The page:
p Total portfolio size: - Borrowers covet large portfolios more than small ones. However, a concentrated portfolio of even $50m of the 'right' securities is worth investigating.

p Size of individual holdings: - Average loan size nears $500,000, holdings of under $250,000 are of limited appeal to direct borrowers and best deployed through an efficient pooled lending programme. Agents charge a percentage of the revenue - although 'something is better than nothing'.

p Investment strategy: - active or passive: - Active trading increases the likelihood of recalls and reduces the attractiveness of inventory. It is better not to borrow a security than to borrow it and have it recalled. Passive portfolios are ideal for lending, although if you have the same inventory as everyone else, lending revenues are going to be low.

p Geographic and sectoral diversification: - A broad geographic and sectoral distribution is a positive factor. The markets are in constant flux, at any time a particular country or sector may be in or out of demand. Borrowers prefer lenders who offer a wide geographic range of liquidity. Acknowledging that the profitability of lending in certain markets may be marginal, they direct compensating business toward lenders providing service in the less profitable markets.

p Tax position or jurisdiction of the beneficial owner: - Manufacturing dividends is a major cost component when borrowing securities. An institution's tax position at a particular time is a given but understanding your status compared to that of your peers is valuable in researching the viability of lending.

p Attractiveness of the lendable inventory: - 'Hot' securities are those in high demand whilst general collateral or 'GC' securities are those that are commonly available. The 'hotter' your portfolio, the more revenue potential it has.

Investors often ask, 'how much money can we make?' This straightforward question requires a detailed answer. We are reluctant to answer without fully understanding the variables outlined above. However, as a rough guide, conservative investors should be capable of generating $1m per annum from a diverse $5bn portfolio of international bonds and equities - barely enough to move a fund up league tables - but a major sum when offset against custody fees and back office expense. Given the right organisational and portfolio characteristics much more money can be made. There are several investors generating over $20m per annum from securities lending.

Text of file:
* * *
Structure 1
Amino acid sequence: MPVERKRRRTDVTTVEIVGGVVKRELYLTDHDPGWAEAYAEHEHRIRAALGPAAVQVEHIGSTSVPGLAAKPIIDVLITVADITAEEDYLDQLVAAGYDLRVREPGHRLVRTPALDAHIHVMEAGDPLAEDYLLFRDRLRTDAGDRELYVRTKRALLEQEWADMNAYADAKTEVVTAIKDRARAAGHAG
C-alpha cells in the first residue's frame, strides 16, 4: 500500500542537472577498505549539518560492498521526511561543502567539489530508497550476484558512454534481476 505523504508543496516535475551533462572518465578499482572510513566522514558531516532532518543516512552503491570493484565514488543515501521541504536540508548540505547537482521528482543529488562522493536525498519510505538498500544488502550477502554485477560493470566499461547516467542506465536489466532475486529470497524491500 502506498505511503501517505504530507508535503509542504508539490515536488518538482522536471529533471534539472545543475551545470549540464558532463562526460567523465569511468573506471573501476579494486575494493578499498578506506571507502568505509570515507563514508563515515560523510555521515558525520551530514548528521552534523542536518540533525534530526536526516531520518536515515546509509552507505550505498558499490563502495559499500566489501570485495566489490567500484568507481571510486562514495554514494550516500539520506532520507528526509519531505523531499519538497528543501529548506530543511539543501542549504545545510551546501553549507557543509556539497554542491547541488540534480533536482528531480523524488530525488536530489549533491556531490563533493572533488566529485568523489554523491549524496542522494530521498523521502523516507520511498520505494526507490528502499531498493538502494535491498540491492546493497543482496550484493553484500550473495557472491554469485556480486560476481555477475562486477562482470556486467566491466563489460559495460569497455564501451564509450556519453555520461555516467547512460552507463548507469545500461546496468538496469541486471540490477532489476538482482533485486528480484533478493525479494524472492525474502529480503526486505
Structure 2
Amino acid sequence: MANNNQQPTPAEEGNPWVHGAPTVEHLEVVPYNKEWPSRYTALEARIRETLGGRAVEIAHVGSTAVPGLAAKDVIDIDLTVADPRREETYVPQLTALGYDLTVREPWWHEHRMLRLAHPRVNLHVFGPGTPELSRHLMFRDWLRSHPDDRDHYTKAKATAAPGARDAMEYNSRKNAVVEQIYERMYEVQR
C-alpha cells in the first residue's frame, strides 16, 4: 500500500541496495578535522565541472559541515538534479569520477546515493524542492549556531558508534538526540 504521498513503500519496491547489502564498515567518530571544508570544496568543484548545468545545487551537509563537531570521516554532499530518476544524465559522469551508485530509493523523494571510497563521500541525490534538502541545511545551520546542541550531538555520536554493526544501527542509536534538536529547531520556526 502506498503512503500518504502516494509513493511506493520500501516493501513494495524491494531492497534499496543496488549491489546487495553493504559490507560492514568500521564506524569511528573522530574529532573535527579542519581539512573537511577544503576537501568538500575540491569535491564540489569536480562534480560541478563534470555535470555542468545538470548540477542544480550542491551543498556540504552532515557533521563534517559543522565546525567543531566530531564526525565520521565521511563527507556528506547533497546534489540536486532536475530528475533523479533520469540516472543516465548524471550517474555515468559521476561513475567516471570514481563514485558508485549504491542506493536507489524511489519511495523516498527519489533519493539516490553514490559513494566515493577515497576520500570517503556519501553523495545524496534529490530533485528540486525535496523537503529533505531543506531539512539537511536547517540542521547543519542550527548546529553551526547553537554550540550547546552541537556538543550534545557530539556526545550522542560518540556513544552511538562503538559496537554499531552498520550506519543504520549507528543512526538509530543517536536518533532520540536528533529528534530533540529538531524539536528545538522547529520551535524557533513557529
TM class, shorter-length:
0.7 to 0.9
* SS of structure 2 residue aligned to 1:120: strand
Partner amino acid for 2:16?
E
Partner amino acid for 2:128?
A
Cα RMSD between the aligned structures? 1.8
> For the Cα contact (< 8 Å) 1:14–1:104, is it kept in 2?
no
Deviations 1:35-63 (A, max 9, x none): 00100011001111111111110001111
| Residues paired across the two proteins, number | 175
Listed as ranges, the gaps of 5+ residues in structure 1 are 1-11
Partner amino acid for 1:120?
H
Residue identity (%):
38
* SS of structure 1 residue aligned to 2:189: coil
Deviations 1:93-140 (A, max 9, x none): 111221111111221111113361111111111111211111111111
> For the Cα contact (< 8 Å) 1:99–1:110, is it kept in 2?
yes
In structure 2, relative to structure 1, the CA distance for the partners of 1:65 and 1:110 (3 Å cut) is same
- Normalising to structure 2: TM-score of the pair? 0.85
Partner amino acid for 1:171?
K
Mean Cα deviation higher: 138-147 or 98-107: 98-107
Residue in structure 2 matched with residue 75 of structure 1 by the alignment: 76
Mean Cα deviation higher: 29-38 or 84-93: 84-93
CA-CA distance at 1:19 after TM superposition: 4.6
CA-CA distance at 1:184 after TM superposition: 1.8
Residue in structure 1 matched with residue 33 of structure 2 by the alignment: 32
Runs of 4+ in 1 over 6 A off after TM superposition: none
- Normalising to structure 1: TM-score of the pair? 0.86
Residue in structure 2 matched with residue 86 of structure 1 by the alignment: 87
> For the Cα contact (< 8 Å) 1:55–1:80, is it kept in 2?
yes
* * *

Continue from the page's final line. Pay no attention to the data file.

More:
Active lenders often comment on the difficulty they experience in assessing whether or not they are extracting fair value from their lending transactions. The symbiotic nature of the market, accompanied by its 'relationship' and OTC nature makes this difficult to ascertain.

Borrowers are the market professionals - either borrowing to fulfil their own trader's requirements or those of their external customers. Their business is intensely competitive and access to inventory is a key determinant of success. Some of the less experienced and more aggressive borrowers can become frustrated with the investors' conservative approach and damage relationships. Borrowers do well to remember that lending is a peripheral activity for investors.

As investors become more experienced there is a propensity for them to explore the commercial logic underlying loan transactions to help them understand the value in the trade. Some have become adept at extracting fair value - a few have gone too far - lenders do well to remember that whilst borrowers 'need' to borrow securities they assume most of the risk - in terms of collateral margin provided and market, fiscal and reputational exposure. If a lender ignores the downside risk in a transaction in pursuit of 'too much' of the upside they will inevitably become marginalised.

Price transparency is mixed in the lending business. There are a limited number of screens in the lending market and the majority of the transactions take place via the telephone OTC market. In the higher volume, fixed income repo markets some professionals distribute prices to investors and electronic trading is possible. This is far from the case in the equity lending market.

Fees and rebates are typically quoted on an annualised basis and range enormously - dependent on numerous factors such as the scarcity of a security, collateral required, tax status of the counterpart and term of the loan.

With so many variables to take into consideration and the absence of screens, it is not easy for an investor to ensure that they are extracting fair value. They should take the business seriously, understand the transaction motivation, and openly communicate with your counterpart or agent and to let them know that as the customer you reserve the right to shop elsewhere unless you get fair value. Alternatively they could take specialist independent advice - but we would say that wouldn't we?

Mark Faulkner is managing partner of London-based consultants Securities Finance International

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  • QN-2546

    Asset class: Real Estate Equity Fund (non listed).
    Asset region: Europe.
    Size: Total CHF 600m, approx. CHF 100-300m per fund investment.
    Closing date: 2019-06-28.